Do you support energy choice for consumers, monopolies for utilities or some combination? How would you promote development of clean energy alternatives?

City of residence Marshall, MI
Age 58
Family wife Jennifer; daughter Serenity (born 11/5/2014)
Education BA cum laude, Macalester College (St. Paul, MN) 1978; major: planning/public administration JD cum laude, Cooley Law School (Lansing), 2008; concentrations: administrative law, Constitutional law/civil rights
Vehicles owned 2008 Chevrolet Cobalt and 1995 Honda Civic (both bought used; VIN # of Civic indicates it was built in Canada)
Professional Experience I've been an attorney for almost eight years now. Before that, I worked roughly ten years each in government (state, regional, and local levels); for non-profit organizations; and in the private sector. If you want all the details, please let me know.
Political Experience What do you want to count? I've been politically active at least since handing out McGovern flyers just far enough away from the polls on Election Day 1972. I've volunteered for Democrats and Republicans (in the latter case, primarily John Anderson, who later in the 1980 Presidential race made an independent National Unity campaign). But all my activity this century has been Green. I have served the Green Party of Michigan in various roles since helping it get on the ballot in 2000 -- most notably as GPMI's Elections Co-ordinator since 2003.
Race/ethnicity We usually count the half from my father's side as all Italian, and the half from my mother's side as 1/4 each German, English, Irish, and Welsh.
Incumbent? false
For one thing, the state could ease the tension between local governments and retirees by scrapping the pension tax – or at least applying it only to families for whom pensions aren't the last line of defense against poverty. It could also help make sure the obligations are properly evaluated based on reasonable presumptions, and work with localities and employee/retiree groups to build systems that provide sustainable, socially just pensions.
Evidently not, or we wouldn't have had so many “emergencies” – and so many more cities having to cut back on services.

A Green approach would apply Green values. Grassroots Democracy says local people are in general the best judges and deciders of what their communities need. Decentralization adds that services which can be provided locally should be. On the other hand, Social Justice recognizes that local communities are not all equally able to meet their needs, and suggests that the state government help by sharing its progressively-gathered revenues, after identifying total needs statewide. This is (in broad strokes) the model for state support of locally-run public education.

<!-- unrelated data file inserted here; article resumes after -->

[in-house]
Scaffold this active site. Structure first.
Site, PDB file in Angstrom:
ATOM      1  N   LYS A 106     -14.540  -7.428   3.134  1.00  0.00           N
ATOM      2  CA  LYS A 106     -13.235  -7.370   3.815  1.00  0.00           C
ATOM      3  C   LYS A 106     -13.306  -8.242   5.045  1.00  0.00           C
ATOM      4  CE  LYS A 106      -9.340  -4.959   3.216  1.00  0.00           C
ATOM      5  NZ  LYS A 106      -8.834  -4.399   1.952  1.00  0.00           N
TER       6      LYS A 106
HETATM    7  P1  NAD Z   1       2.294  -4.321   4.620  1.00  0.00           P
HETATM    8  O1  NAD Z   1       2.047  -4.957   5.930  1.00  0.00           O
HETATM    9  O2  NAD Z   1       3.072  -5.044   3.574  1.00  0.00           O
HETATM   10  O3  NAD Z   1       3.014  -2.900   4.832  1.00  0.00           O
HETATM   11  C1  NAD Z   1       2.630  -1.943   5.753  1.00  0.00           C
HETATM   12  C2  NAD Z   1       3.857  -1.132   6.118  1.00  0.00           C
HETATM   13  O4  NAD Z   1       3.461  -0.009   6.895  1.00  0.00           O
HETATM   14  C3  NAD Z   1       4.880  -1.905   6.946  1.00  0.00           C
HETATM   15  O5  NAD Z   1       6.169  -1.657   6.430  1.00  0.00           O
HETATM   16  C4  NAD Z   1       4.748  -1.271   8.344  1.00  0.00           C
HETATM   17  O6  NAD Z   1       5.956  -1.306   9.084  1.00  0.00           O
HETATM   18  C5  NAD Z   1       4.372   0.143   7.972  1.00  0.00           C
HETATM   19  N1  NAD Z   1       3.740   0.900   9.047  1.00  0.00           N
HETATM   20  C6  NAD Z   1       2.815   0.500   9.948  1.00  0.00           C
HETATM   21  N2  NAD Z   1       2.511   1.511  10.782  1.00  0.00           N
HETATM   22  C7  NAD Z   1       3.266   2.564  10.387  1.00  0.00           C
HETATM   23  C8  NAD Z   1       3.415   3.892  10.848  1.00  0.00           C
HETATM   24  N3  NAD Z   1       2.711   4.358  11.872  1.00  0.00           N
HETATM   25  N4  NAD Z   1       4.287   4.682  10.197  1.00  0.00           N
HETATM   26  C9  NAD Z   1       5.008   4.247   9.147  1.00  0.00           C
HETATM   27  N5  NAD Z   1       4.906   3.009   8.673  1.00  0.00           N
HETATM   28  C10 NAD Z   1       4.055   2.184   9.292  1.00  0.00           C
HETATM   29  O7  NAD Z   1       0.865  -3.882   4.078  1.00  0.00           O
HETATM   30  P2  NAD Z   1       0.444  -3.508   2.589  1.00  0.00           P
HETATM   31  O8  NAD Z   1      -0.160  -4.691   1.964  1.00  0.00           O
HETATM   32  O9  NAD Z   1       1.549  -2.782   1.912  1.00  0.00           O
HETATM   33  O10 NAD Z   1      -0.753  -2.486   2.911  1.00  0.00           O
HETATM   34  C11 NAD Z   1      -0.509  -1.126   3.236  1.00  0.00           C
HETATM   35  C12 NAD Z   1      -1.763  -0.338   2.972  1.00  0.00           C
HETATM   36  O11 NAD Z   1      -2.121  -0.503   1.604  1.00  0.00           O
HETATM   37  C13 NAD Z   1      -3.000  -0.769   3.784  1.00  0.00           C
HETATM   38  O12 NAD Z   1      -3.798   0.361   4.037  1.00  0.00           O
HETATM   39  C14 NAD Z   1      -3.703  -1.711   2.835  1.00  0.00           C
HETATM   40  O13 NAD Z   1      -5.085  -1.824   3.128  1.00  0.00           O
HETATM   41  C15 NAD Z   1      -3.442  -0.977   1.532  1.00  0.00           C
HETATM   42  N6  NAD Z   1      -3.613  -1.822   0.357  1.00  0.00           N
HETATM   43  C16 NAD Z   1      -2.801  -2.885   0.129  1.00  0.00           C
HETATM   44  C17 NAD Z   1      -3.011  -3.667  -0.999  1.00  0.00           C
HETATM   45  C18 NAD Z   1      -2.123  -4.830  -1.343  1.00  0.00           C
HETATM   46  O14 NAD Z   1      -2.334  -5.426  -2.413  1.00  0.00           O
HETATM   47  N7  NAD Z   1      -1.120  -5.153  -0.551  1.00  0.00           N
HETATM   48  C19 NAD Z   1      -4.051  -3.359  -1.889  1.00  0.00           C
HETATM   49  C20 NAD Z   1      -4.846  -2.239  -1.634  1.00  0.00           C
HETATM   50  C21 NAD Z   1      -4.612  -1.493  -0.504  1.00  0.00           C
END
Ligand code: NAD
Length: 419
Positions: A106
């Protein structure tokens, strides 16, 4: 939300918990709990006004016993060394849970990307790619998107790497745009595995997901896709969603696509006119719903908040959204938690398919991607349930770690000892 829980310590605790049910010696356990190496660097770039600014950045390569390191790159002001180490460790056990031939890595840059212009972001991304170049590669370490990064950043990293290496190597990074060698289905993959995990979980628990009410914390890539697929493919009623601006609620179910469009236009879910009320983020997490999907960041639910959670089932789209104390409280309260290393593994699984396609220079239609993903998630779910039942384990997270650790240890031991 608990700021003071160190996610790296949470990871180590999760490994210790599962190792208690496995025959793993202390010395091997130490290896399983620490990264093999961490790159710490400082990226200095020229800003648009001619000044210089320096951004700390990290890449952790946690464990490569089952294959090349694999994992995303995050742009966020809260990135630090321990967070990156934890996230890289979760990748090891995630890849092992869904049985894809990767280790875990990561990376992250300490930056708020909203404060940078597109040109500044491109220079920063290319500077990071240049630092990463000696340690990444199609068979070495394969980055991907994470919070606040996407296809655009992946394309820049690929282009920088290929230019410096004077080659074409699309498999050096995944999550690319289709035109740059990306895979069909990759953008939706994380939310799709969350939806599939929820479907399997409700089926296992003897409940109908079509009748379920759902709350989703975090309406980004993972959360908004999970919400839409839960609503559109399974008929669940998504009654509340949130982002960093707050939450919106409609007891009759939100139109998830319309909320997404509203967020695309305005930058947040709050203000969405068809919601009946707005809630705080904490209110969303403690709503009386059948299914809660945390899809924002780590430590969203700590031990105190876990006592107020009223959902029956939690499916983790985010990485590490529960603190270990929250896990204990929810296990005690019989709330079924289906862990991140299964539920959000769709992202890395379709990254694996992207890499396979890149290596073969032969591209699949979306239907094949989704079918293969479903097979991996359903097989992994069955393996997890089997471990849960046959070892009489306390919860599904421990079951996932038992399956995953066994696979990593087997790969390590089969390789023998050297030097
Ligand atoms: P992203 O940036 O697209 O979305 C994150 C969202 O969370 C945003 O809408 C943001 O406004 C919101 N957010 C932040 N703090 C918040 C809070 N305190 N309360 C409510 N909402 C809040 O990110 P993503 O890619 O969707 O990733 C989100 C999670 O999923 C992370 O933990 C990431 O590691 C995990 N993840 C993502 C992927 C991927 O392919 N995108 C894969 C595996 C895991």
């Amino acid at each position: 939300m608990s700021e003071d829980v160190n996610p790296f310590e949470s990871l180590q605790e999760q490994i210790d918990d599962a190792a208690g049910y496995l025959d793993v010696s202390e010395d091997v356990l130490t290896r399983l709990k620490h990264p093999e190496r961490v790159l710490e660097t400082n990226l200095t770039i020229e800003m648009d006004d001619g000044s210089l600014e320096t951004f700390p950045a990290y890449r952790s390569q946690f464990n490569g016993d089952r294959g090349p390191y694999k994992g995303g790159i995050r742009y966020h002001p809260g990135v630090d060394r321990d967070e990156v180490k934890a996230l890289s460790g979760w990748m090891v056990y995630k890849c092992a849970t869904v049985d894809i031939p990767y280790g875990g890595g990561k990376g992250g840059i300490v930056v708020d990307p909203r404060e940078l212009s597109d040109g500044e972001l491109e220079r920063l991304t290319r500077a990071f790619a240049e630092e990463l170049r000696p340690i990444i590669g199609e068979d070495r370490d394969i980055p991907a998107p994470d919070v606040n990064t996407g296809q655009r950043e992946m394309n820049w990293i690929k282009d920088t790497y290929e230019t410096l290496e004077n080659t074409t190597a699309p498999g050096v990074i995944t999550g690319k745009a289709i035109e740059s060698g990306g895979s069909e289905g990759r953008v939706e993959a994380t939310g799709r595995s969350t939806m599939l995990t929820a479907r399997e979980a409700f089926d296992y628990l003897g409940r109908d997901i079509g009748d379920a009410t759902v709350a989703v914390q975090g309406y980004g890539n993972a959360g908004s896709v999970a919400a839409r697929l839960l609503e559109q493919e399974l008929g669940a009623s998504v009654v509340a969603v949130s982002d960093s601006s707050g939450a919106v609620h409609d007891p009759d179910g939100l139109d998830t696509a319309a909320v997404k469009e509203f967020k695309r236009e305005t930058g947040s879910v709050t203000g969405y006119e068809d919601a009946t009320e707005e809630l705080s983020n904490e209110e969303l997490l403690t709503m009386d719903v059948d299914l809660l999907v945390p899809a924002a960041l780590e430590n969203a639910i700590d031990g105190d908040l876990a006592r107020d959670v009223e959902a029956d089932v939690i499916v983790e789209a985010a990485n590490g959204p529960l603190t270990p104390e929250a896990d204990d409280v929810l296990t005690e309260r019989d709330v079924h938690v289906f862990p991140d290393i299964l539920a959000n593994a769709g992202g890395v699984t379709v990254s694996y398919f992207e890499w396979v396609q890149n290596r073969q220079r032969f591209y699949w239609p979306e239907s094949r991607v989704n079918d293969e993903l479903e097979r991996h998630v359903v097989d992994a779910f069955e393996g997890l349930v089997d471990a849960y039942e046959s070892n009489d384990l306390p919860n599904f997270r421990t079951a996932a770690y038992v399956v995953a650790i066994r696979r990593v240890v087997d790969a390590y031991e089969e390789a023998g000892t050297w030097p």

First, do no harm. How many of the “emergencies” so far could have been avoided if the state hadn't cut funds for local public programs in the first place? (Not only are our “emergency managers” the opposite of government BY the People – undemocratic, unrepresentative, and unaccountable – but we define “emergency” only in terms of immediate monetary difficulties. Isn't the Flint water poisoning an emergency?)

The state's first response to an actual emergency (financial or otherwise) should be to make the situation sustainable, then better. That may not take spending money; usually it will. But the imperative is to do what's needed to restore “equal benefit, security and protection”.
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Article I, Section 1 of Michigan's constitution says, “All political power is inherent in the people. Government is instituted for their equal benefit, security and protection.” All state elected officials take an oath to support that constitution. But the response to Flint shows more loyalty to Jay Feinman's book on insurance-industry tactics, “Delay, Deny, Defend”.

The state skimped on the ounce of prevention and now owes as many pounds of cure as it takes to make things right. If government were just a business, those responsible for the bad decisions would be gone. But those in power in Lansing have made it harder for them to be held accountable BY the People. That must change.